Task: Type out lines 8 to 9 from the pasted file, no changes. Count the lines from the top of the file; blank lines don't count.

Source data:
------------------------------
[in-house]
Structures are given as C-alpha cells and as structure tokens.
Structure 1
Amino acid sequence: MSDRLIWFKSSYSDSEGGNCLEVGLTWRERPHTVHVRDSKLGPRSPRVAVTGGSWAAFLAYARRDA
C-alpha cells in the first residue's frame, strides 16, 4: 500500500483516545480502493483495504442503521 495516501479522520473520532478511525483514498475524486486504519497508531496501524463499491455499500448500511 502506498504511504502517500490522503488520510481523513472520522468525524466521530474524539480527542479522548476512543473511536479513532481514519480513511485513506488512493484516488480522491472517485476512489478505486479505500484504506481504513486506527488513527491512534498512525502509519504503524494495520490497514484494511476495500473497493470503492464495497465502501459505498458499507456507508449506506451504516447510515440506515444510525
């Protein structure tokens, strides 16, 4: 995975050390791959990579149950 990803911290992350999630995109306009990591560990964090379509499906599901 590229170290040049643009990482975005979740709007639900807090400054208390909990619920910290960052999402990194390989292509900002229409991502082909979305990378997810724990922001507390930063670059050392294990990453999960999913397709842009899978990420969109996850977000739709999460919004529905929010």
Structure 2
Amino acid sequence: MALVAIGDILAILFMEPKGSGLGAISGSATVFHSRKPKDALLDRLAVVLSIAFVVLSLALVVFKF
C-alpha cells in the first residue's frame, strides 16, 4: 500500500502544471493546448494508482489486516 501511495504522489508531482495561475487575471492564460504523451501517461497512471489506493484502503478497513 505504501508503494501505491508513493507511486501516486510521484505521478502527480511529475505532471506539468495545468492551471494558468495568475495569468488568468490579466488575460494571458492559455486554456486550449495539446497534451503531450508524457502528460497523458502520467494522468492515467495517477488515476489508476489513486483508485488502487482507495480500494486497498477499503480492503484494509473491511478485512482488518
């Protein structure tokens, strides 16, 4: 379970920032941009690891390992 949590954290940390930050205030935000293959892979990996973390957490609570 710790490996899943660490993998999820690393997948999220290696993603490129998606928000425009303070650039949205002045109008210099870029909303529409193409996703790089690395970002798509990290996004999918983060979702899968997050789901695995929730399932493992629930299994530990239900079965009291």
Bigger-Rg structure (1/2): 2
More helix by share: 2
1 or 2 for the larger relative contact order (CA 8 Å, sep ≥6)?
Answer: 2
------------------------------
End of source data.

Amino acid sequence: MALVAIGDILAILFMEPKGSGLGAISGSATVFHSRKPKDALLDRLAVVLSIAFVVLSLALVVFKF
C-alpha cells in the first residue's frame, strides 16, 4: 500500500502544471493546448494508482489486516 501511495504522489508531482495561475487575471492564460504523451501517461497512471489506493484502503478497513 505504501508503494501505491508513493507511486501516486510521484505521478502527480511529475505532471506539468495545468492551471494558468495568475495569468488568468490579466488575460494571458492559455486554456486550449495539446497534451503531450508524457502528460497523458502520467494522468492515467495517477488515476489508476489513486483508485488502487482507495480500494486497498477499503480492503484494509473491511478485512482488518